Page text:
Engineers study rubble of N.Y. towers, Pentagon

Teams seek lessons for tougher buildings

Terrorism Strikes America

The Nation

September 22, 2001|By Michael Stroh | Michael Stroh,SUN STAFF

Engineer Paul Mlakar stepped through the rubble of the Pentagon this week, slipping chunks of concrete and steel into his pocket.

Mlakar, an expert in blast resistance with the U.S. Army Corps of Engineers, is one of eight forensic engineers dispatched to New York and Washington by the American Society of Civil Engineers.

Their mission: to determine whether hidden in the rubble of the World Trade Center and Pentagon are lessons on how to make buildings less vulnerable to terrorists.

In particular, engineers are keen to know: Did recent design changes at the Pentagon save lives? Did the impact of the jetliners alone cause the trade center towers to fall? Or was it the fires? If so, why did the towers collapse when other high-rises have withstood similarly intense blazes?

Answers might be 18 months away.

Each team includes experts on steel, concrete, fire behavior and explosives. Engineers plan to use tools from computer simulations of how much stress the buildings were under to microscopes to examine bits of steel and concrete.

"The scrapes and scratches each hold a clue," says W. Gene Corley, an engineer with Construction Technologies Laboratories in Skokie, Ill., and head of the New York team. One of the most difficult challenges, he said, will be to differentiate between damage caused to the steel by the crashes and damage caused by the collapses.

Another will be finding the pieces of steel that can solve the mystery. The ruins of the World Trade Center - all 1 million tons - are being hauled to Fresh Kills landfill on Staten Island, where federal investigators are raking them for bodies and evidence.

Even among engineers, there is considerable debate about what caused the buildings to come down. The south tower fell 56 minutes after impact by a Boeing 767. The north tower lasted100 minutes from impact. The working hypothesis is that the combination of fire and airplane impact weakened each building enough to cause it to collapse under its own weight.

"If there hadn't been a fire, I'm convinced the towers could have stood," says Jon Magnusson, chairman of Skilling Ward Magnusson Barkshire Inc.

Magnusson, whose Seattle firm was one of the two original structural engineering consultants for the World Trade Center, estimates that the airplane that ripped into the south tower might have sliced as many as three-quarters of the 61 steel columns supporting that face: "The fact that building was able to take the hit was amazing."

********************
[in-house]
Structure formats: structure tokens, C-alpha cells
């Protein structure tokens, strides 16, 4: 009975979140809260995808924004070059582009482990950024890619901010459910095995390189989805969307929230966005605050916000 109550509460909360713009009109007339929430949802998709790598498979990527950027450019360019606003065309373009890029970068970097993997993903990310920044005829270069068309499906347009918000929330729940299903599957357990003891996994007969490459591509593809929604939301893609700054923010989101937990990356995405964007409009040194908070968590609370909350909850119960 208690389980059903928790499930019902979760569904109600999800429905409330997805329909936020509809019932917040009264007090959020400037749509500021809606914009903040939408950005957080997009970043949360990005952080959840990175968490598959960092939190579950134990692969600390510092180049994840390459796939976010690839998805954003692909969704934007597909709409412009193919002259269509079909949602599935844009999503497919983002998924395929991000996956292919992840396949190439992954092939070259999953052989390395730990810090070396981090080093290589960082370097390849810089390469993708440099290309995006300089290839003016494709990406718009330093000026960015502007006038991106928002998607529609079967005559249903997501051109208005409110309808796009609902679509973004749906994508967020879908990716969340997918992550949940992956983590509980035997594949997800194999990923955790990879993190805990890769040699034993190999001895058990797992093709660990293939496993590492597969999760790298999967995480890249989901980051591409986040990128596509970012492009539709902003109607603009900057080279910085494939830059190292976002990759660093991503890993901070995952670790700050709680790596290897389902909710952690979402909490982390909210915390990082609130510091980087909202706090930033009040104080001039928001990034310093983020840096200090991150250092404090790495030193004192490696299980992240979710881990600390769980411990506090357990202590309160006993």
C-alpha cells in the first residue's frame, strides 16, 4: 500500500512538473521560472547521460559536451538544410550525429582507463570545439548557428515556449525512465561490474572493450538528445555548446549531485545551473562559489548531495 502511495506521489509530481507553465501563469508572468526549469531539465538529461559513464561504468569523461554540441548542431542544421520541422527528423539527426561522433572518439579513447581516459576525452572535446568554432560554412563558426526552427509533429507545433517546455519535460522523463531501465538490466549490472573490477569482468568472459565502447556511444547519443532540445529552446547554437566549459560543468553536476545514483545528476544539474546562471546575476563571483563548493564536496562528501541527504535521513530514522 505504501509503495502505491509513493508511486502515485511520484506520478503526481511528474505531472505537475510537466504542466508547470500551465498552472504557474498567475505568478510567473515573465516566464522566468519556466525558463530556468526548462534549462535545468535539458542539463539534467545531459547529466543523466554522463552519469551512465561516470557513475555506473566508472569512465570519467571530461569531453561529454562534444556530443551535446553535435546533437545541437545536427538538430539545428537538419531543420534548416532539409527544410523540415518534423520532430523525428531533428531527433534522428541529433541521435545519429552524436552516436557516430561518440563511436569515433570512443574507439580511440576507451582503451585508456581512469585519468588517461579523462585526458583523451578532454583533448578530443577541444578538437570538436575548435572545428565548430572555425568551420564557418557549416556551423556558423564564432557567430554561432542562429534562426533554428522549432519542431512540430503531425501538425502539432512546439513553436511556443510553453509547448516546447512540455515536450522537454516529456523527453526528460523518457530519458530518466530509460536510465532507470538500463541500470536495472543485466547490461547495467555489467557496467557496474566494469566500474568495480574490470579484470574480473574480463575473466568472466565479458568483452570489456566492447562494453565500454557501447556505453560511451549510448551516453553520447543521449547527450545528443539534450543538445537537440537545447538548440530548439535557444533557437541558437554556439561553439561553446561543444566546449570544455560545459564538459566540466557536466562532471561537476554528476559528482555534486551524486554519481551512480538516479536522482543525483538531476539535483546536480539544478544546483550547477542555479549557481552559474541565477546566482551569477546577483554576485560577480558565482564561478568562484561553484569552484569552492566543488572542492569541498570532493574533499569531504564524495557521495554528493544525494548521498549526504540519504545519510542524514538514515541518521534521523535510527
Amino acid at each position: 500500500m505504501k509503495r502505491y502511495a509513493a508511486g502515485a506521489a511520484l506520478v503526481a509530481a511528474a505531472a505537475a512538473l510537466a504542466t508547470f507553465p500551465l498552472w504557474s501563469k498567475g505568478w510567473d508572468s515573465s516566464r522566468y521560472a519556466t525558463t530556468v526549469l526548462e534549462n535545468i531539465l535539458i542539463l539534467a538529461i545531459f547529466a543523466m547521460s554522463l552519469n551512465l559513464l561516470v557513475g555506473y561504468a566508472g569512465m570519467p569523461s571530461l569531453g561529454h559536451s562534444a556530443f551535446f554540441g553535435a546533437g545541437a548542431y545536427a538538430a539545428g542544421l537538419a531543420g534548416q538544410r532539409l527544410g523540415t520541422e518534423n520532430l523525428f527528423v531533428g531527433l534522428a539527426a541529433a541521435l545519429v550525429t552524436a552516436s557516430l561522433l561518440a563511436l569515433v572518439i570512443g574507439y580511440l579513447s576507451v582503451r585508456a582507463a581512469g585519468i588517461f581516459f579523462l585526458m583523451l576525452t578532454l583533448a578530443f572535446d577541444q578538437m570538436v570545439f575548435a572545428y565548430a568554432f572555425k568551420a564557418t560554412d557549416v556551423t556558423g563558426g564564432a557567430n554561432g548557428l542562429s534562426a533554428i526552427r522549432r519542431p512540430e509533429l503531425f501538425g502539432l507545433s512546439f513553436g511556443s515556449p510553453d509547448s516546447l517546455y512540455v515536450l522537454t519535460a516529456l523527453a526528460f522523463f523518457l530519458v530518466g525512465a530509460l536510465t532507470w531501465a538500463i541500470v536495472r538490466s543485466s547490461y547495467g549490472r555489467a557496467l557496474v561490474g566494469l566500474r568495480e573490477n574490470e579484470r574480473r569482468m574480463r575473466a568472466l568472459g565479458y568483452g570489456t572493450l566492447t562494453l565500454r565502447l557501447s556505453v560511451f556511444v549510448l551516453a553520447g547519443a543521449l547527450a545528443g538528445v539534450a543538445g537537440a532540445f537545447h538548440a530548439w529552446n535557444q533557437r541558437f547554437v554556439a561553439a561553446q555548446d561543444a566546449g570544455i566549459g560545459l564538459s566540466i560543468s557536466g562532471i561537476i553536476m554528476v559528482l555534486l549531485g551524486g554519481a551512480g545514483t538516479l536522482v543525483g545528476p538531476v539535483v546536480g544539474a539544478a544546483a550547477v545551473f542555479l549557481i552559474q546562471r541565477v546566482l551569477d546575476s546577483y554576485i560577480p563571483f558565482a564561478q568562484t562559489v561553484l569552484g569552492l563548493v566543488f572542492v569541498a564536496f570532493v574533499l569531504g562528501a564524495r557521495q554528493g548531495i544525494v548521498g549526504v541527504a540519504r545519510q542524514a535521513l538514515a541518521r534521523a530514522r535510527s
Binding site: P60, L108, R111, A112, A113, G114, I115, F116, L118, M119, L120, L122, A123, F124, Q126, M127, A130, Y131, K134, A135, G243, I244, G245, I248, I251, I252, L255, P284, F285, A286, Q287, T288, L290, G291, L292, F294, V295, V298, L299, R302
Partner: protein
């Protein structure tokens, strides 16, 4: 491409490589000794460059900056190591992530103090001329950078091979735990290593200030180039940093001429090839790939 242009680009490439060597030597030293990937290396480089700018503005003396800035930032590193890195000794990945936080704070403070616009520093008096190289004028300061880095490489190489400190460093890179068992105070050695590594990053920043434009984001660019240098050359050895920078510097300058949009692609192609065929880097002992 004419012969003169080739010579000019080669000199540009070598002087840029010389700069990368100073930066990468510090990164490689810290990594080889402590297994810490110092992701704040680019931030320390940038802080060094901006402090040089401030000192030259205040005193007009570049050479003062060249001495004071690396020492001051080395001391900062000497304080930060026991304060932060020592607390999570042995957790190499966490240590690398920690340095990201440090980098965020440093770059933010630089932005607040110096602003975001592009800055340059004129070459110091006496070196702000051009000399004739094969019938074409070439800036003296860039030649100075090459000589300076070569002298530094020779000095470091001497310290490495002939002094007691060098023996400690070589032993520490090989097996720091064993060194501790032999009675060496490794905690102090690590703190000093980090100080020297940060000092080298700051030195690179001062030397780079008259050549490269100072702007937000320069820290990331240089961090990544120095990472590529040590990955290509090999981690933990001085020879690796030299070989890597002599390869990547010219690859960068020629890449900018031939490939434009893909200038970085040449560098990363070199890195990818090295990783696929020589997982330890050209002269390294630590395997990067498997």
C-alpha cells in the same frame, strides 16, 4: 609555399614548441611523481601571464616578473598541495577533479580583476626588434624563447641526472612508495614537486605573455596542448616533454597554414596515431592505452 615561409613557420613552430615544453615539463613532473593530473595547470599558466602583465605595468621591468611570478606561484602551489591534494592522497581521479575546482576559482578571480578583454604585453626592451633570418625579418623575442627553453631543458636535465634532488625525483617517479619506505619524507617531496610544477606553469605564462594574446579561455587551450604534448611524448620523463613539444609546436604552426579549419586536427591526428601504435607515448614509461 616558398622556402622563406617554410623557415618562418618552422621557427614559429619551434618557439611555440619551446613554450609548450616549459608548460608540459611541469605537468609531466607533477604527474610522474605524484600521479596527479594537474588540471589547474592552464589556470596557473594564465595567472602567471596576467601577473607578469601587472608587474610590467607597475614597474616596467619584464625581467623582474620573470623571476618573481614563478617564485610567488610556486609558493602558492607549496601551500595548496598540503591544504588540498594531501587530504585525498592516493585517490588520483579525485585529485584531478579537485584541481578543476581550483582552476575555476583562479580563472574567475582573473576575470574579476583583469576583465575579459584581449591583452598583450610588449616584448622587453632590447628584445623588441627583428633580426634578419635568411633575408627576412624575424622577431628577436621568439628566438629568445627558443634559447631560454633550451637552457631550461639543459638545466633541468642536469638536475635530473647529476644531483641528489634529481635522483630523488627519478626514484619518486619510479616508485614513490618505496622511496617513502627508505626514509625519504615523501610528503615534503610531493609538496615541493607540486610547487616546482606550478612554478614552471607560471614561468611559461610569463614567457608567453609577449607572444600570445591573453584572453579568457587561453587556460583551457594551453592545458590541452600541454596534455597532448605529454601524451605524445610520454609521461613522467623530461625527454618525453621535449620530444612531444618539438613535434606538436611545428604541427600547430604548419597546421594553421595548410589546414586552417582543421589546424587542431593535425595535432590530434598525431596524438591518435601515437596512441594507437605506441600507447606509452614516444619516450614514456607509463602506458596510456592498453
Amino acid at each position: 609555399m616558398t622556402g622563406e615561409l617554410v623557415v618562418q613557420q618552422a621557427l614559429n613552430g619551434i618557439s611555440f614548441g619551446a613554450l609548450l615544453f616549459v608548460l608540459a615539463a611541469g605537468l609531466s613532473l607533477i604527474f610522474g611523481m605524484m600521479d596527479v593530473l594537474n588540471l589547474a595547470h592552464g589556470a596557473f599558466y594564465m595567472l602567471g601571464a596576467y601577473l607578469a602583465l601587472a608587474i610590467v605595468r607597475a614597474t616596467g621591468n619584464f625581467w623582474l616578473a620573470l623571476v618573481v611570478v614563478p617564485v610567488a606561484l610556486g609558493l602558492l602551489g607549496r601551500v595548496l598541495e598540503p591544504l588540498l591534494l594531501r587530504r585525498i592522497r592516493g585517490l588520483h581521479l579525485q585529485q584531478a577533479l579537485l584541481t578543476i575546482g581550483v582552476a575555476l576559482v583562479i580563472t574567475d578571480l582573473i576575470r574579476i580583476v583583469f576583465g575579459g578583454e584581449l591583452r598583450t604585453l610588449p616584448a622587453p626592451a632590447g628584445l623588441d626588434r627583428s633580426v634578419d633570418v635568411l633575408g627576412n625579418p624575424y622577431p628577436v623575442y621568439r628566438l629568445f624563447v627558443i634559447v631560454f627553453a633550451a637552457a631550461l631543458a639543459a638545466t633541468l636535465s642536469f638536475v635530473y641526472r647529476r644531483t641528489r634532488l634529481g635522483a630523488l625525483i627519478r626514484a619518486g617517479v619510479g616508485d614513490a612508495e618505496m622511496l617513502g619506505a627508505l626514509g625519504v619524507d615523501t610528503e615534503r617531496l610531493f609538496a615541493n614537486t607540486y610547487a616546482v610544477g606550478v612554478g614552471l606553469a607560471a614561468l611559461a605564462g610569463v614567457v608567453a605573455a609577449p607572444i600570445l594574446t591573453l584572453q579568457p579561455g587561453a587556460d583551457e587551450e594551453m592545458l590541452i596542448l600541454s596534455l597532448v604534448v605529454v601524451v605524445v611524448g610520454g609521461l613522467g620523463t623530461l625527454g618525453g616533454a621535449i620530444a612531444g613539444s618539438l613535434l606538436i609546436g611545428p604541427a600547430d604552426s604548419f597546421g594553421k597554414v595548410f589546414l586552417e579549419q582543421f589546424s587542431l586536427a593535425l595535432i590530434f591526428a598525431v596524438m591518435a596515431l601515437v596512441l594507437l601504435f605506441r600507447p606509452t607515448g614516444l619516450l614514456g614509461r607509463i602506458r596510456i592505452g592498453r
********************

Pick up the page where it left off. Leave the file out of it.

James Milke, a fire protection engineer at the University of Maryland, notes that other skyscrapers ravaged by fire have emerged standing. In 1988, the 62-story First Interstate Bank Building in downtown Los Angeles burned out of control for more than three hours. In 1991, the 38-story One Meridian Plaza in Philadelphia blazed almost 19 hours. Both skyscrapers were supported by steel frames. Neither collapsed.

"Why are the two World Trade Center towers different?" asks Milke, who is also part of the World Trade Center investigation team.

One possibility, he says, is that the thick insulation that should have protected the World Trade Center's steel support beams was knocked loose or missing in key spots, making the beams more susceptible to heat. Temperatures in a building fire, whether fueled by office paper or jet fuel, reach 2,000 degrees. Unprotected steel, says Milke, would begin to weaken at 1,200 degrees.

But even if engineers eventually pinpoint the cause of the collapse, some question whether there are lessons that can be drawn from it.

After Timothy J. McVeigh destroyed the Alfred P. Murrah Federal Building in Oklahoma City in 1995 with a truck bomb outside, forensic engineers conducted a similar post mortem. The team concluded that structural reinforcement of the building could have cut damage by as much as 85 percent. The price for such improvement: 1 percent to 2 percent of the building's original cost.

The World Trade Center might be a different story, said Magnusson: "People are getting this false sense of possibility. They don't understand that this is something that you can't design for. Even if you design for one 767, what happens if they crash two?"

Baltimore Sun Articles
|
|
|
Please note the green-lined linked article text has been applied commercially without any involvement from our newsroom editors, reporters or any other editorial staff.